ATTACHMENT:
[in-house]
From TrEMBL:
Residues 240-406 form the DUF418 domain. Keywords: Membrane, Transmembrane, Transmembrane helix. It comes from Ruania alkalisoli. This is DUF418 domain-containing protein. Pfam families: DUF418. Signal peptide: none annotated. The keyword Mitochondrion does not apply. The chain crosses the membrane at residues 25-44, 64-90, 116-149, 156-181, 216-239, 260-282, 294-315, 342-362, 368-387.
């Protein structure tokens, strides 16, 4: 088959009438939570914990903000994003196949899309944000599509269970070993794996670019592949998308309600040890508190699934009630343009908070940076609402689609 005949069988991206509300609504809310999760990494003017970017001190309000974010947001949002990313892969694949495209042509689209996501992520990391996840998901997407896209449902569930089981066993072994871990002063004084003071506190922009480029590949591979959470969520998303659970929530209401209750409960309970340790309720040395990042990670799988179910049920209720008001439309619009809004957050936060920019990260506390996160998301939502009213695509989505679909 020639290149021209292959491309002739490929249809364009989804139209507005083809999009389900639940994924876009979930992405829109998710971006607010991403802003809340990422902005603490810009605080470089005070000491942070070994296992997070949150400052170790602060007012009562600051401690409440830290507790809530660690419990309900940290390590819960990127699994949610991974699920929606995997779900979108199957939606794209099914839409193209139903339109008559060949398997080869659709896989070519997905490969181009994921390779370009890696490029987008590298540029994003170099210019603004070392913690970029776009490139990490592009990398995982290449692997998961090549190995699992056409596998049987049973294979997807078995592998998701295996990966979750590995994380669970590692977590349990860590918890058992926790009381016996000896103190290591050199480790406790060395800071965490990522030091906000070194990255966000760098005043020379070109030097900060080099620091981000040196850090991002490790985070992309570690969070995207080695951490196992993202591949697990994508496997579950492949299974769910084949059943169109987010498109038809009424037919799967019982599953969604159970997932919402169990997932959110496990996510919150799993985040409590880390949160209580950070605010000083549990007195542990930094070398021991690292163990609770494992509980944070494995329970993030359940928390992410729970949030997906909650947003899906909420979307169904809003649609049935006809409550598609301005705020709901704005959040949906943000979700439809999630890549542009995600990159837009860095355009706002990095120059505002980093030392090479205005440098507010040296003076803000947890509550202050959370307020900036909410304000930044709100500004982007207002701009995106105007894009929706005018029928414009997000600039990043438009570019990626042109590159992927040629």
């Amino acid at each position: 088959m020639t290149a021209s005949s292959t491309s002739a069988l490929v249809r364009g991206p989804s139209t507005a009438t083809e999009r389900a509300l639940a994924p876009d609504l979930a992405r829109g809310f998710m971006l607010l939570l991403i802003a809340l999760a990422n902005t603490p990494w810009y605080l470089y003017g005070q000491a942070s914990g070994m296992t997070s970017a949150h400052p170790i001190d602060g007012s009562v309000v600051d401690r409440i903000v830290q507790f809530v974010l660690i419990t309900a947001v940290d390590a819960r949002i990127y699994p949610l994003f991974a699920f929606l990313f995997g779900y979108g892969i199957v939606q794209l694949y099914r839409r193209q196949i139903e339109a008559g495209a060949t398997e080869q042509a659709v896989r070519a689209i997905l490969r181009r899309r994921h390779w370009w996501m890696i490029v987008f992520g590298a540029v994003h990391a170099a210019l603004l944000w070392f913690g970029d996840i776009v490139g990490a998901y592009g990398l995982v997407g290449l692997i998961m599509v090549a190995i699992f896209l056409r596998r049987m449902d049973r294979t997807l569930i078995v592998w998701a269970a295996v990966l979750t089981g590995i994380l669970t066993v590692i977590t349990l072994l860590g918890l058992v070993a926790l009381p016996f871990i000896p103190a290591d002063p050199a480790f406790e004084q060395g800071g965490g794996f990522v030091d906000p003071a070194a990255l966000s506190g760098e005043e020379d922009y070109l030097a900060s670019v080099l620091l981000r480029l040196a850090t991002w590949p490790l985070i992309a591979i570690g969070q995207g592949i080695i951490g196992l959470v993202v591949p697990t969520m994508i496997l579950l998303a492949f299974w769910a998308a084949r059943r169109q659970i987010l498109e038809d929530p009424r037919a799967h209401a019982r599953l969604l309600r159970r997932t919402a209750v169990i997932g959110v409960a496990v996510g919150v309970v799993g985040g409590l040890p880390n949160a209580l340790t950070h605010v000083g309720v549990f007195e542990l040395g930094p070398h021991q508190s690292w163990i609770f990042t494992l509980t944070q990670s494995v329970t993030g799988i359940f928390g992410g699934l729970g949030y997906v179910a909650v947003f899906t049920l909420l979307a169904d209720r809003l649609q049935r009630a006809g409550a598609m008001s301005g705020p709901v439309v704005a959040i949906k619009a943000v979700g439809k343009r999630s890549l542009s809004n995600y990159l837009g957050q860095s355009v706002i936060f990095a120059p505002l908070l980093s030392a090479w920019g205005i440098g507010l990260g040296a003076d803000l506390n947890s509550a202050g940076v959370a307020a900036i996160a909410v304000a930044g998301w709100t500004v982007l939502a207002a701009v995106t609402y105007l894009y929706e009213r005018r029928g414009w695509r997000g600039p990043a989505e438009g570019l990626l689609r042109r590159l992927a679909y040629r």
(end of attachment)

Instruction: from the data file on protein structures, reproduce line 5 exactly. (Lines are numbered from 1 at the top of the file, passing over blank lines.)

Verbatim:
């Amino acid at each position: 088959m020639t290149a021209s005949s292959t491309s002739a069988l490929v249809r364009g991206p989804s139209t507005a009438t083809e999009r389900a509300l639940a994924p876009d609504l979930a992405r829109g809310f998710m971006l607010l939570l991403i802003a809340l999760a990422n902005t603490p990494w810009y605080l470089y003017g005070q000491a942070s914990g070994m296992t997070s970017a949150h400052p170790i001190d602060g007012s009562v309000v600051d401690r409440i903000v830290q507790f809530v974010l660690i419990t309900a947001v940290d390590a819960r949002i990127y699994p949610l994003f991974a699920f929606l990313f995997g779900y979108g892969i199957v939606q794209l694949y099914r839409r193209q196949i139903e339109a008559g495209a060949t398997e080869q042509a659709v896989r070519a689209i997905l490969r181009r899309r994921h390779w370009w996501m890696i490029v987008f992520g590298a540029v994003h990391a170099a210019l603004l944000w070392f913690g970029d996840i776009v490139g990490a998901y592009g990398l995982v997407g290449l692997i998961m599509v090549a190995i699992f896209l056409r596998r049987m449902d049973r294979t997807l569930i078995v592998w998701a269970a295996v990966l979750t089981g590995i994380l669970t066993v590692i977590t349990l072994l860590g918890l058992v070993a926790l009381p016996f871990i000896p103190a290591d002063p050199a480790f406790e004084q060395g800071g965490g794996f990522v030091d906000p003071a070194a990255l966000s506190g760098e005043e020379d922009y070109l030097a900060s670019v080099l620091l981000r480029l040196a850090t991002w590949p490790l985070i992309a591979i570690g969070q995207g592949i080695i951490g196992l959470v993202v591949p697990t969520m994508i496997l579950l998303a492949f299974w769910a998308a084949r059943r169109q659970i987010l498109e038809d929530p009424r037919a799967h209401a019982r599953l969604l309600r159970r997932t919402a209750v169990i997932g959110v409960a496990v996510g919150v309970v799993g985040g409590l040890p880390n949160a209580l340790t950070h605010v000083g309720v549990f007195e542990l040395g930094p070398h021991q508190s690292w163990i609770f990042t494992l509980t944070q990670s494995v329970t993030g799988i359940f928390g992410g699934l729970g949030y997906v179910a909650v947003f899906t049920l909420l979307a169904d209720r809003l649609q049935r009630a006809g409550a598609m008001s301005g705020p709901v439309v704005a959040i949906k619009a943000v979700g439809k343009r999630s890549l542009s809004n995600y990159l837009g957050q860095s355009v706002i936060f990095a120059p505002l908070l980093s030392a090479w920019g205005i440098g507010l990260g040296a003076d803000l506390n947890s509550a202050g940076v959370a307020a900036i996160a909410v304000a930044g998301w709100t500004v982007l939502a207002a701009v995106t609402y105007l894009y929706e009213r005018r029928g414009w695509r997000g600039p990043a989505e438009g570019l990626l689609r042109r590159l992927a679909y040629r």